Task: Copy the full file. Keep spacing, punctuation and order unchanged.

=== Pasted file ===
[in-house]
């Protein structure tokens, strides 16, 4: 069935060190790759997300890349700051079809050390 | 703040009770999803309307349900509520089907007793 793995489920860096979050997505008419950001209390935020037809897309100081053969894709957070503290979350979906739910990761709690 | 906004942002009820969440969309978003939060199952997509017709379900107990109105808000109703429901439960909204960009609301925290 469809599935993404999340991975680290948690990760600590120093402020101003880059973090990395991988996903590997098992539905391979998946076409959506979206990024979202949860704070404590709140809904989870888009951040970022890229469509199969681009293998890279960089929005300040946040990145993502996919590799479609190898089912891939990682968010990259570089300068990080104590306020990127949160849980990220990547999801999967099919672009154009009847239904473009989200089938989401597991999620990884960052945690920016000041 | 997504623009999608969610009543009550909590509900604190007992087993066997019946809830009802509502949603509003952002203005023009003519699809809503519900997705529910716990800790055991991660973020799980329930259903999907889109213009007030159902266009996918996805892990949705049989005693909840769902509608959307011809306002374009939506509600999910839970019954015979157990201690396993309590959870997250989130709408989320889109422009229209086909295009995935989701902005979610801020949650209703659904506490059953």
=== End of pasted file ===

[in-house]
């Protein structure tokens, strides 16, 4: 069935060190790759997300890349700051079809050390 | 703040009770999803309307349900509520089907007793 793995489920860096979050997505008419950001209390935020037809897309100081053969894709957070503290979350979906739910990761709690 | 906004942002009820969440969309978003939060199952997509017709379900107990109105808000109703429901439960909204960009609301925290 469809599935993404999340991975680290948690990760600590120093402020101003880059973090990395991988996903590997098992539905391979998946076409959506979206990024979202949860704070404590709140809904989870888009951040970022890229469509199969681009293998890279960089929005300040946040990145993502996919590799479609190898089912891939990682968010990259570089300068990080104590306020990127949160849980990220990547999801999967099919672009154009009847239904473009989200089938989401597991999620990884960052945690920016000041 | 997504623009999608969610009543009550909590509900604190007992087993066997019946809830009802509502949603509003952002203005023009003519699809809503519900997705529910716990800790055991991660973020799980329930259903999907889109213009007030159902266009996918996805892990949705049989005693909840769902509608959307011809306002374009939506509600999910839970019954015979157990201690396993309590959870997250989130709408989320889109422009229209086909295009995935989701902005979610801020949650209703659904506490059953």